“wholly sundered from the obscene and baleful…”

May 4, 2006 at 9:15 am Leave a comment

It’s fascinating (but not really surprising) how many items I find end up being so relevant to both this blog and my other, The Freedom Outlaw. (Ed. note: The Freedom Outlaw and The Gulcher’s Life blogs have been moved from Blogspot to, and merged here at, WordPress.)

The other day, I posted this on TFO:

Tax protester extraordinaire David Gross has established a page on his website devoted to Henry David Thoreau’s Slavery in Massachusetts, written in 1854. It’s a passionate piece and a great read.

But, as I read more deeply into the Thoreau essay, I found the conclusion to be a beautifully-written statement of the gulcher’s mindset:

I am surprised that the man whom I just met on horseback should be so earnest to overtake his newly bought cows running away — since all property is insecure, and if they do not run away again, they may be taken away from him when he gets them. Fool! does he not know that his seed-corn is worth less this year — that all beneficent harvests fail as you approach the empire of hell? No prudent man will build a stone house under these circumstances, or engage in any peaceful enterprise which it requires a long time to accomplish. Art is as long as ever, but life is more interrupted and less available for a man’s proper pursuits. It is not an era of repose. We have used up all our inherited freedom. If we would save our lives, we must fight for them.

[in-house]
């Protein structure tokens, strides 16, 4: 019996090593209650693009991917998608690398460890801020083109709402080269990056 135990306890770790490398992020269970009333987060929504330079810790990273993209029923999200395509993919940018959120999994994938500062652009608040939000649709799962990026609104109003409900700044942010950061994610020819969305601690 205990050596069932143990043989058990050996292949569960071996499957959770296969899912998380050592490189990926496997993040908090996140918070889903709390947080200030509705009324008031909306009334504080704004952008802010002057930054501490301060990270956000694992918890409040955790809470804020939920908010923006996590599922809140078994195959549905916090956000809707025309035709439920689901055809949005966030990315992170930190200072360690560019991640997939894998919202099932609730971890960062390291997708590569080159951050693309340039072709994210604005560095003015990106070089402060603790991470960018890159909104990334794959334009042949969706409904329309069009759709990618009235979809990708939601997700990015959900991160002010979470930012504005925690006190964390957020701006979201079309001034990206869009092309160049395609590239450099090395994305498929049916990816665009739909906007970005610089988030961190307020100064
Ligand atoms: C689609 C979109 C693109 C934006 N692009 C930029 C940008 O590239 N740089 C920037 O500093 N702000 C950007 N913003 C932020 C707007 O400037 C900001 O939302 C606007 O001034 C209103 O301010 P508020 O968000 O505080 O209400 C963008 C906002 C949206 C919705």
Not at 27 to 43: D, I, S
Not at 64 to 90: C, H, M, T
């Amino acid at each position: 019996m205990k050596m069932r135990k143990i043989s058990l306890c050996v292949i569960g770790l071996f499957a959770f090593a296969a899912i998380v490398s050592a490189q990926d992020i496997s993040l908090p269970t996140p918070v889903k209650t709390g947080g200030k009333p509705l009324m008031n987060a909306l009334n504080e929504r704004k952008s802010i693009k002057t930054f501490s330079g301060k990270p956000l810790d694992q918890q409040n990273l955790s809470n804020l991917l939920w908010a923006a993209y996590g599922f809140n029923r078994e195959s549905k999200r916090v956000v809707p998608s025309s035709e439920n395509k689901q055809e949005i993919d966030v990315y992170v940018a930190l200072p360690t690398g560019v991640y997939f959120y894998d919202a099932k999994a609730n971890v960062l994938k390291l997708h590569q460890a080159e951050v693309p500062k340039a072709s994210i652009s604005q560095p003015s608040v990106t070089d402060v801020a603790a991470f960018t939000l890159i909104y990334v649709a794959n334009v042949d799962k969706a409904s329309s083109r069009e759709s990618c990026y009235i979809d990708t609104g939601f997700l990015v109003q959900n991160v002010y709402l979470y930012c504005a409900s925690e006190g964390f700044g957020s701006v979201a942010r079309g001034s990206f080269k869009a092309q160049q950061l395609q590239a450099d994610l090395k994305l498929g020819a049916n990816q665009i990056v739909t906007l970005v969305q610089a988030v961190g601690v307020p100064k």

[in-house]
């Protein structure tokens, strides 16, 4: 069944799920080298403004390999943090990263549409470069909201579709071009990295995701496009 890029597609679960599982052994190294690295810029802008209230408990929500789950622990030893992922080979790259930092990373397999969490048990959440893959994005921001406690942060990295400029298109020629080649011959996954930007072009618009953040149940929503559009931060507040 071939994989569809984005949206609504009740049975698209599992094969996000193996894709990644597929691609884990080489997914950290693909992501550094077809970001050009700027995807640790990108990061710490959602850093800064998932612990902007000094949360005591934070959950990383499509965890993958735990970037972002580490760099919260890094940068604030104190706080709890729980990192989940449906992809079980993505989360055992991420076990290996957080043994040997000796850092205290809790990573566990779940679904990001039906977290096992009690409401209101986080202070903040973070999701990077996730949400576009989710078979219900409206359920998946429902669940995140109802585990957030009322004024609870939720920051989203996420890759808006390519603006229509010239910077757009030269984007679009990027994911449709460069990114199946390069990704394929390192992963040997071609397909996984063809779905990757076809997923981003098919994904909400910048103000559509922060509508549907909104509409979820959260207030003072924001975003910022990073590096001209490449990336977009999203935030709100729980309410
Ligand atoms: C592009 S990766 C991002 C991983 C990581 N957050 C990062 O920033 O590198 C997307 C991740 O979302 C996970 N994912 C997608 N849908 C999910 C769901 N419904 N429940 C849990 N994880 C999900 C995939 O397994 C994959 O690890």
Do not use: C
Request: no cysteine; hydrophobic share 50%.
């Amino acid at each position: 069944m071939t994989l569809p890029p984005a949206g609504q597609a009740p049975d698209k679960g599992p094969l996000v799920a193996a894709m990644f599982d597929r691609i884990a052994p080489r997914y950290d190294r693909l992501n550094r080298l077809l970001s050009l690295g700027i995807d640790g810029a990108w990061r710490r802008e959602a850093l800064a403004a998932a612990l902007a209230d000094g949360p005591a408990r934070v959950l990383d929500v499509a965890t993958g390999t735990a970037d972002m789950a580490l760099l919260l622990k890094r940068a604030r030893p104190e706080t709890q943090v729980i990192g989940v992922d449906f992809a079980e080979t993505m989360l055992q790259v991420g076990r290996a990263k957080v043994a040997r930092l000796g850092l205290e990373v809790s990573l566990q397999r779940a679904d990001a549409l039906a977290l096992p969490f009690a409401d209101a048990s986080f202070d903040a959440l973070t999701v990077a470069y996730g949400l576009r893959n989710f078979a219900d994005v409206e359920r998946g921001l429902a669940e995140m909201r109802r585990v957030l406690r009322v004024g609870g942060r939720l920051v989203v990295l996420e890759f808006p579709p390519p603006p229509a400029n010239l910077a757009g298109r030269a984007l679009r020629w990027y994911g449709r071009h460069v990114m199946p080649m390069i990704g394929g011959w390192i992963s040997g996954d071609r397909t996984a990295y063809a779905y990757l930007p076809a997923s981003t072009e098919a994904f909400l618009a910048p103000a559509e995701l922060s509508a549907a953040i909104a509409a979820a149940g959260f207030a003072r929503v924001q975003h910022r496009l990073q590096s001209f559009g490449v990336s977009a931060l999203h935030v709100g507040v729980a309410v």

I walk toward one of our ponds; but what signifies the beauty of nature when men are base? We walk to lakes to see our serenity reflected in them; when we are not serene, we go not to them. Who can be serene in a country where both the rulers and the ruled are without principle? The remembrance of my country spoils my walk. My thoughts are murder to the State, and involuntarily go plotting against her.

But it chanced the other day that I scented a white water-lily, and a season I had waited for had arrived. It is the emblem of purity. It bursts up so pure and fair to the eye, and so sweet to the scent, as if to show us what purity and sweetness reside in, and can be extracted from, the slime and muck of earth. I think I have plucked the first one that has opened for a mile. What confirmation of our hopes is in the fragrance of this flower! I shall not so soon despair of the world for it, notwithstanding slavery, and the cowardice and want of principle of Northern men. It suggests what kind of laws have prevailed longest and widest, and still prevail, and that the time may come when man’s deeds will smell as sweet. Such is the odor which the plant emits. If Nature can compound this fragrance still annually, I shall believe her still young and full of vigor, her integrity and genius unimpaired, and that there is virtue even in man, too, who is fitted to perceive and love it. It reminds me that Nature has been partner to no Missouri Compromise. I scent no compromise in the fragrance of the water-lily. It is not a Nymphaea Douglasii (ed. note: believed to be a reference to 1850s politician Stephen A. Douglas).

In it, the sweet, and pure, and innocent are wholly sundered from the obscene and baleful. I do not scent in this the time-serving irresolution of a Massachusetts Governor, nor of a Boston Mayor. So behave that the odor of your actions may enhance the general sweetness of the atmosphere, that when we behold or scent a flower, we may not be reminded how inconsistent your deeds are with it; for all odor is but one form of advertisement of a moral quality, and if fair actions had not been performed, the lily would not smell sweet. The foul slime stands for the sloth and vice of man, the decay of humanity; the fragrant flower that springs from it, for the purity and courage which are immortal.

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Entry filed under: Gulching, Outlawry.

A rich resource for gulcher types Defusing with truth

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